DSCF0682As I’m sure many of you know, the electing convention yesterday was unsuccessful after a deadlock between some of the clergy and the bulk of the laity as to which candidate they wanted for Bishop. Titusonenine covered the voting (the results of which were published live on the web) and there was lots of response (337 comments to be exact, and visitors from all over the world, from Uganda to Great Britain). We were all certainly thankful for the many prayers that people lifted up for us. There has subsequently beenBilde-1 much discussion regarding the trends exhibited by the ballots (You can see those threads here and here). Additionally, the Tennessean had a decent description of events, which you can see here.

Basically the scenario was this: throughout the day Canon Neal Michell of the Diocese of Dallas led among the laity, never receiving less than 50.4% of the lay vote and accounting for 60.6% on ballot #4 where he peaked. He finished the day with 55.9% of the lay vote (66.7 is the magic number). Clearly the laity have a good idea of what direction they would like the Diocese to go and who they believe will cast the best vision for that task. They were rock-solid through nearly 10 hours of voting (and remember, no matter how much Christian love you have for the people in your midst, 10 hours in a fairly hot church sanctuary will strain your charity!).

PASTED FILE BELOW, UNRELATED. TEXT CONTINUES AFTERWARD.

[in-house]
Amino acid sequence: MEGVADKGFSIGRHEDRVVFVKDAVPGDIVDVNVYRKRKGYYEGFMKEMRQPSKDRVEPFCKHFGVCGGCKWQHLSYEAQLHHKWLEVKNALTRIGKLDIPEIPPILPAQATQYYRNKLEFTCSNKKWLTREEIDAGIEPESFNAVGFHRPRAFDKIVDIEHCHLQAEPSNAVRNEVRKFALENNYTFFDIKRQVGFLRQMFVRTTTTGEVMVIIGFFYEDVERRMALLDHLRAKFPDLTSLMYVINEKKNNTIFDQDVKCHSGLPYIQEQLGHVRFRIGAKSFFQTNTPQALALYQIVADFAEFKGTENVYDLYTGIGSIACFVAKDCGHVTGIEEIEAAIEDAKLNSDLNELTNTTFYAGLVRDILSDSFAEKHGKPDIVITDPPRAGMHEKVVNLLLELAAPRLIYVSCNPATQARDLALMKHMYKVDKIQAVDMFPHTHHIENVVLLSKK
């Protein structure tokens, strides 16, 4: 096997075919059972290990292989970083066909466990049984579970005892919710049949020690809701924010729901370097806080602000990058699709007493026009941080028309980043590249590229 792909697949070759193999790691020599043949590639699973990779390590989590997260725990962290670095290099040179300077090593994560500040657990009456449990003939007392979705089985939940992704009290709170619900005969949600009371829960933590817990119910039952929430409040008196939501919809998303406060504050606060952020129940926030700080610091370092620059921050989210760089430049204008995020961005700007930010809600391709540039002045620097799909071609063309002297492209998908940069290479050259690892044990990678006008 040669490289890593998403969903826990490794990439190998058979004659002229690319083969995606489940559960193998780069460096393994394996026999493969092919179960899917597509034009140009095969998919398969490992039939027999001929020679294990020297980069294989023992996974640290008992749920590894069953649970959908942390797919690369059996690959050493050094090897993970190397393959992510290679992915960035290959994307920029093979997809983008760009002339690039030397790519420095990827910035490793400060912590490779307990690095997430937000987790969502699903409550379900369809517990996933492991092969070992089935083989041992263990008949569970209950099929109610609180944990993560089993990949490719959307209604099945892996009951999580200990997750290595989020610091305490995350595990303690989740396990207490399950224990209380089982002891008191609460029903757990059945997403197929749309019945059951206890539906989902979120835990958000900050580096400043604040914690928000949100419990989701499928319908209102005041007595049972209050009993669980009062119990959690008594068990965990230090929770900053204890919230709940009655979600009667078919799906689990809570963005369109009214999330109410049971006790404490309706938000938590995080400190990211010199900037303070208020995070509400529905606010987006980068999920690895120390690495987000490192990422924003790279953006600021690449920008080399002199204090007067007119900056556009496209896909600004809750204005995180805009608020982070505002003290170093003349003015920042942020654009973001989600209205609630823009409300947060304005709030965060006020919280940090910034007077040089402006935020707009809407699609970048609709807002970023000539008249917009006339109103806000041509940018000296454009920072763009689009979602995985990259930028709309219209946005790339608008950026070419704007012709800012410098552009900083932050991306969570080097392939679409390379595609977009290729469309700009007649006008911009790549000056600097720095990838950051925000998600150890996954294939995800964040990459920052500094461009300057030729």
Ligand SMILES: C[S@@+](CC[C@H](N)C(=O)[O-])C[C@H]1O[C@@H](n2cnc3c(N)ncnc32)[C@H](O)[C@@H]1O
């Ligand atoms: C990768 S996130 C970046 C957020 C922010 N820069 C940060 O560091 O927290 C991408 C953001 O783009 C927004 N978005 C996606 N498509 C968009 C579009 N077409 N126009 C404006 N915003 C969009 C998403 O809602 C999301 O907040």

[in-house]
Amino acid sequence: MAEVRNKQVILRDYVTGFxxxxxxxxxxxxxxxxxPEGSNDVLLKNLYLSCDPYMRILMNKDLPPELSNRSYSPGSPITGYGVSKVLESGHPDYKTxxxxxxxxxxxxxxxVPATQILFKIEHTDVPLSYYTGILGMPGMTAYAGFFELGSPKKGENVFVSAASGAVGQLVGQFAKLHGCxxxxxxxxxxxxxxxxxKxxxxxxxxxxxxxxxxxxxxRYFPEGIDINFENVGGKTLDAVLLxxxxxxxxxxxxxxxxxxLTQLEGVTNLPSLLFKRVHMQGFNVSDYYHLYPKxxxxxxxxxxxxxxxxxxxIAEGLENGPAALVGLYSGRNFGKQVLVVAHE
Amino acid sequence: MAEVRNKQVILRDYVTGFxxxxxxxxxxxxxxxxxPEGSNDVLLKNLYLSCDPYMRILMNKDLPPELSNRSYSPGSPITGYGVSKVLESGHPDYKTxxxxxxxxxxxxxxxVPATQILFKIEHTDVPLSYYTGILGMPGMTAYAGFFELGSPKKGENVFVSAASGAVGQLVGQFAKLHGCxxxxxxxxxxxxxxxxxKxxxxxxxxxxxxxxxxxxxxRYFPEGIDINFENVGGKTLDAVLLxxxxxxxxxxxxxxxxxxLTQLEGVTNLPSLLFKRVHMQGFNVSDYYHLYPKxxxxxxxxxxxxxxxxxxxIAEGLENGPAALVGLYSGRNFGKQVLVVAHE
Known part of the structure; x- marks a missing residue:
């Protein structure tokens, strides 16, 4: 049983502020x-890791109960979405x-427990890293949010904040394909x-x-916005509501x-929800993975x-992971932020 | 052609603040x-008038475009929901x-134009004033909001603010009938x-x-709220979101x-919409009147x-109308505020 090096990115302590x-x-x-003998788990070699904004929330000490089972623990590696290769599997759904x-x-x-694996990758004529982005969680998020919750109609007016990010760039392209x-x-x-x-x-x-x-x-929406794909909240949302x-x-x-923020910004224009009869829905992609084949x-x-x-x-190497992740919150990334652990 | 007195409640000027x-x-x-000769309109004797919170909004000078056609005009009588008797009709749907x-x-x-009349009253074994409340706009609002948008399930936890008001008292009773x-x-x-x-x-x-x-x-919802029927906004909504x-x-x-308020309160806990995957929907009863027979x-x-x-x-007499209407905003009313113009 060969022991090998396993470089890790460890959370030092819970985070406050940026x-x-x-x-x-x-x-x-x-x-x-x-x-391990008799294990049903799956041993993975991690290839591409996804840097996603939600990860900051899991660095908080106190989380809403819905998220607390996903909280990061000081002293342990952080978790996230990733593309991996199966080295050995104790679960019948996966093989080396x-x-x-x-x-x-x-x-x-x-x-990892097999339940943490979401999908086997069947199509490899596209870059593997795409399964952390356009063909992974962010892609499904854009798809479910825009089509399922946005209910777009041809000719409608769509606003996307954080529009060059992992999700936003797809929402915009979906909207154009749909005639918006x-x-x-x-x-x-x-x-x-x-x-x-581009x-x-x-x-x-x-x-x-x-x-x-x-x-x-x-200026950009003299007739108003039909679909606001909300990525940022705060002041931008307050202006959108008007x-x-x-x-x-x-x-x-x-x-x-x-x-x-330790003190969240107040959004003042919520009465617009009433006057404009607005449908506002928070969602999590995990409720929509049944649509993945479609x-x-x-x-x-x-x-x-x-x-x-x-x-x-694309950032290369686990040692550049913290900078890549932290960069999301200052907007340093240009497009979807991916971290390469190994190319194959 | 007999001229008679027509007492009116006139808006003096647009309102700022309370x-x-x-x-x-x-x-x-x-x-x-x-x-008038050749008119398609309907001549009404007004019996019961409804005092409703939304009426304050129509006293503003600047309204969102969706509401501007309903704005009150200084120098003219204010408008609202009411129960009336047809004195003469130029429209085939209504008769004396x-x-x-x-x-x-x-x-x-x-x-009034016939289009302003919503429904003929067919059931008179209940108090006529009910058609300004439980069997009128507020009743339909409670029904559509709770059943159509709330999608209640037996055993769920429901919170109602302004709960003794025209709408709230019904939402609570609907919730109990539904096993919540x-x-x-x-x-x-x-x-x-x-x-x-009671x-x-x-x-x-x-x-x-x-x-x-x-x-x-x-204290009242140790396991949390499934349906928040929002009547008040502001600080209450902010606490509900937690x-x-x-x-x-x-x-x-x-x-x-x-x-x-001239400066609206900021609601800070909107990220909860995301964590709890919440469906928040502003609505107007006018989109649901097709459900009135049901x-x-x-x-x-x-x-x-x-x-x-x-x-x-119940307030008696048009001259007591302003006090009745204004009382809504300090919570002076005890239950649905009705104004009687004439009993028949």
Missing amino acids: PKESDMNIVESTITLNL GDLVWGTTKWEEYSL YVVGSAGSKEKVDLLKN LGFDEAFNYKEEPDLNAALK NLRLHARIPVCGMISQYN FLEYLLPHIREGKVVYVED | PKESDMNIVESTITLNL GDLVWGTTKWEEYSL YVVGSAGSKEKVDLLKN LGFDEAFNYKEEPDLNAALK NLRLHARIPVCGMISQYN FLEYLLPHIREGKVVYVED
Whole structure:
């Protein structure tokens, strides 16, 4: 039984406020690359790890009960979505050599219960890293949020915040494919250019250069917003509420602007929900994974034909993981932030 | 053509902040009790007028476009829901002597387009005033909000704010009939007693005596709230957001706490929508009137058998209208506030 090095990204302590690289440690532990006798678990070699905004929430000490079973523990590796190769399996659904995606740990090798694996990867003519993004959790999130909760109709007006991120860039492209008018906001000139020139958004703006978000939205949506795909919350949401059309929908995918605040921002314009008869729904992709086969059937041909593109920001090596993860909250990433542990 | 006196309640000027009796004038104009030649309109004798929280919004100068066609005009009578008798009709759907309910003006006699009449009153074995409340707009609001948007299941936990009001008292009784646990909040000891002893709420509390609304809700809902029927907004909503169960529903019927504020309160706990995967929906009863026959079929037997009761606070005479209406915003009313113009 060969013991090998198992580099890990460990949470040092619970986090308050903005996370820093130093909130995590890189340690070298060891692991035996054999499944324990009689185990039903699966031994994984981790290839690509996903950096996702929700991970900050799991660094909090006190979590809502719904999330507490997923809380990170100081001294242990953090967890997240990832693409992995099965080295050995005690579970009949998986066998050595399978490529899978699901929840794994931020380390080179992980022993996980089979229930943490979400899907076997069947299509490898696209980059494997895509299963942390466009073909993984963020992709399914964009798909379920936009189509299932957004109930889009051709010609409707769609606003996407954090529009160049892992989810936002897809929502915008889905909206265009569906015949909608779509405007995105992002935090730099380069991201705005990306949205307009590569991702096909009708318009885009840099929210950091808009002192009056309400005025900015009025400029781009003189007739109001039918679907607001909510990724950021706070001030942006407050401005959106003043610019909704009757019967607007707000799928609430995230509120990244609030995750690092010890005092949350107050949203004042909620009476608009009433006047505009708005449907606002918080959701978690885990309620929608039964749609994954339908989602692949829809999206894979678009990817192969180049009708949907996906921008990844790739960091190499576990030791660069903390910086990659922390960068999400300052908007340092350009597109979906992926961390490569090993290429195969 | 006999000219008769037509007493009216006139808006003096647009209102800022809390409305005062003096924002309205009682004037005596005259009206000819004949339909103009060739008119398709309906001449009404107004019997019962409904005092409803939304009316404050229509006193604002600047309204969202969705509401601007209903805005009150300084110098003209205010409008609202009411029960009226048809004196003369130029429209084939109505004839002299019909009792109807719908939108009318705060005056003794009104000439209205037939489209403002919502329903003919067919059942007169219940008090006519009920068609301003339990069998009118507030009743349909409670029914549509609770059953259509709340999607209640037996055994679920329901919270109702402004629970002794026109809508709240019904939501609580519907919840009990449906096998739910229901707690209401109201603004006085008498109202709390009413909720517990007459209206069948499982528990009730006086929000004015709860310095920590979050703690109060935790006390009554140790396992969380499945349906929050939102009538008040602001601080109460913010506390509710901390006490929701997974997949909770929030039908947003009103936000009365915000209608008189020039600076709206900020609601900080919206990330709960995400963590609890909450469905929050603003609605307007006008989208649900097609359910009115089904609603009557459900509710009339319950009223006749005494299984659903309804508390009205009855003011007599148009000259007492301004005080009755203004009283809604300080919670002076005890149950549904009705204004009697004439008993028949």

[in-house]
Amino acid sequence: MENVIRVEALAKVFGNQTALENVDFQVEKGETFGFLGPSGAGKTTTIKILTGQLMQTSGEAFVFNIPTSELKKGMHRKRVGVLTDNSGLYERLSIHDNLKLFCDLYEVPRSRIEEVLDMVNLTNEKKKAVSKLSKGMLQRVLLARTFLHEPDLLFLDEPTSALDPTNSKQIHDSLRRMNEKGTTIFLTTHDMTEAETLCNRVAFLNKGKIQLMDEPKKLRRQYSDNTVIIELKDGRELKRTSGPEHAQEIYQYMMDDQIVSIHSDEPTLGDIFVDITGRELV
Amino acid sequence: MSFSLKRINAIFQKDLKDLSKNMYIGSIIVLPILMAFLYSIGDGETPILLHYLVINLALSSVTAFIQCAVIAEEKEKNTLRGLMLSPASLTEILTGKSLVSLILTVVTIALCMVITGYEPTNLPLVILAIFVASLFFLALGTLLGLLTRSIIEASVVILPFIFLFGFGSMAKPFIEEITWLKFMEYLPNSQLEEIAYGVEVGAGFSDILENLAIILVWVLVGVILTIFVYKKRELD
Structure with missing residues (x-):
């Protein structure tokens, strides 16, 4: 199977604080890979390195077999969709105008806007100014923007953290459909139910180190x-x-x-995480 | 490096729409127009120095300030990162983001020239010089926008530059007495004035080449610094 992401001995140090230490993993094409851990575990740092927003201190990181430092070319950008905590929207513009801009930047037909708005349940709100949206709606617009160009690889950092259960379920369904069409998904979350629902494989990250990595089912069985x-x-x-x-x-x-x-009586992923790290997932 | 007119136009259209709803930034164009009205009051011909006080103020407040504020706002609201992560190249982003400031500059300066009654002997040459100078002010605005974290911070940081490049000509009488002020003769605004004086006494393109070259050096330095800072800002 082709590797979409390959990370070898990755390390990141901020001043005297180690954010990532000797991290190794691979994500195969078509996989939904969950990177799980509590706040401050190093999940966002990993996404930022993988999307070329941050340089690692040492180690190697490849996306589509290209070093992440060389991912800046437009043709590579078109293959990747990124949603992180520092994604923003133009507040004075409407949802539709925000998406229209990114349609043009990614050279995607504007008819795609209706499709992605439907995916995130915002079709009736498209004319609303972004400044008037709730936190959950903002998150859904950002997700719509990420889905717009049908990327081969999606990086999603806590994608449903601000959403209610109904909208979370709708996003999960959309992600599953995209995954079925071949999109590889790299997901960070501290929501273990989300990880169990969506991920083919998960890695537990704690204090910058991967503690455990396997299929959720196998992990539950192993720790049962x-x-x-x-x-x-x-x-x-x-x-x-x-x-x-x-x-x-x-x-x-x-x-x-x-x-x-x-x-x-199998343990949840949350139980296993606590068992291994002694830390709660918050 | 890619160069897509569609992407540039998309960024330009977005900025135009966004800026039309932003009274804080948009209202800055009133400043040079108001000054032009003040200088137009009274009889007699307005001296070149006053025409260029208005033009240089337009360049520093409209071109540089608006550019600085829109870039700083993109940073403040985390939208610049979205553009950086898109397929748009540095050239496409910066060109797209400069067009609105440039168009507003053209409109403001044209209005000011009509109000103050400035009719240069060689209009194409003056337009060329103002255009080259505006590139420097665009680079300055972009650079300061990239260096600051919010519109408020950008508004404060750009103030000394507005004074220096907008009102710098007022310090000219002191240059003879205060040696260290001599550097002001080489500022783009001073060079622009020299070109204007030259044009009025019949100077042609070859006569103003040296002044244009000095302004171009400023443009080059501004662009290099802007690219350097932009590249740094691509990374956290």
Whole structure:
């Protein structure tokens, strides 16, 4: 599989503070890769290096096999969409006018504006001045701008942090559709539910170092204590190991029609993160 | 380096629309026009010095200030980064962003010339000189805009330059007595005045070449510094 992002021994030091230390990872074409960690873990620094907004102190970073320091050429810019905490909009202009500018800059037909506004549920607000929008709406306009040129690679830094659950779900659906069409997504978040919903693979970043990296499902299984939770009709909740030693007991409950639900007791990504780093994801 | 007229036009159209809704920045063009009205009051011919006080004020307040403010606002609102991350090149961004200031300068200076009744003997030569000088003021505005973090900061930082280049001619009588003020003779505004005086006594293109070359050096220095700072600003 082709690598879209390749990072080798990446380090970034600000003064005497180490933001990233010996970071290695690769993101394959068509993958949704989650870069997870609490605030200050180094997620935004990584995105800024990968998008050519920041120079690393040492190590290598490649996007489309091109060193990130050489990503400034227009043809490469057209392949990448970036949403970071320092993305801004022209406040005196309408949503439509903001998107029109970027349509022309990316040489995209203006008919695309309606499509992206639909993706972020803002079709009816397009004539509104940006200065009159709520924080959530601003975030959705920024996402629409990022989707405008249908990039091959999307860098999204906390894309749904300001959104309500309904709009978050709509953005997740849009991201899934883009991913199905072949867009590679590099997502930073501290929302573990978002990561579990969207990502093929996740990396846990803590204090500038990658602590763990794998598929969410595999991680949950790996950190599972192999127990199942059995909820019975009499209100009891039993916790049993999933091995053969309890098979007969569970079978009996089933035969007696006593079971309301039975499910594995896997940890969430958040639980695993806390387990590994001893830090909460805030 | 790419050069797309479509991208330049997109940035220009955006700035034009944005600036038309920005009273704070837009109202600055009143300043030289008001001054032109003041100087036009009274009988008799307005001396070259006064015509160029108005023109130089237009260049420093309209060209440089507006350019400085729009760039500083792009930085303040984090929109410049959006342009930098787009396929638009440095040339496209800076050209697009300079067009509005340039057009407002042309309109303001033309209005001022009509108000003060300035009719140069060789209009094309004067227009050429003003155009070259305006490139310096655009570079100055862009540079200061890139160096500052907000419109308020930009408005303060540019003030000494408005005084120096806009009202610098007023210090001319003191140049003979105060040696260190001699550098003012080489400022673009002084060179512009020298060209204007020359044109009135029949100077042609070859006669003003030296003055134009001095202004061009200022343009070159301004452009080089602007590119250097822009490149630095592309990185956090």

The clergy however were a different story, and in a situation illustrative of the divide present in all old-line protestant denominations, they consistently split 50/40 (remember there were 4 candidate to account for a few percentage points) with the bulk siding against the plurality of the laity and going for either Winston Charles or Jay Magness. Now the interesting thing is that there appears to have been a concerted strategy among the more liberal delegations and clergy to support Charles first (who, it had been mused by the orthodox side, had been nominated as a straw man) and then switch to Magness as a “compromise” candidate. Indeed, many revisionist clergy had sought to paint Magness as a centrist, someone that they would rather not have (Charles being their boy), but that they’d be willing to “settle” for. Ironically many reasserters had already come to the conclusion that Magness would in factBilde be worse than Charles because of his refusal to distance himself from Bishop Gulick in Kentucky. Indeed, folks spoke with their orthodox friends in Kentucky and found that he was not a friend of the orthodox…as a matter of fact, Magness himself all but admitted this when he said during the walk-abouts the he got along better with the GLBT folks in his diocese than he did with the orthodox. Additionally, his continual response that he would “have to check the canons” and that he would make the chancellor of the diocese his “best friend” also turned some people off. But perhaps the most damaging thing to any of the candidates other than Michell is that they have not demonstrated an ability or interest in Church planting or growth. Both Charles and Cox preside over parishes that have lost membership in their tenures and Magness has very little parish experience, having been a Navy Chaplain for the majority of his career. This creates a fairly stark choice if the people of the diocese, if they want to continue the growth and direction of Bishop Herlong’s episcopate, or go the way of the Dodo rest of the Episcopal Church and decline in membership, especially among the young.

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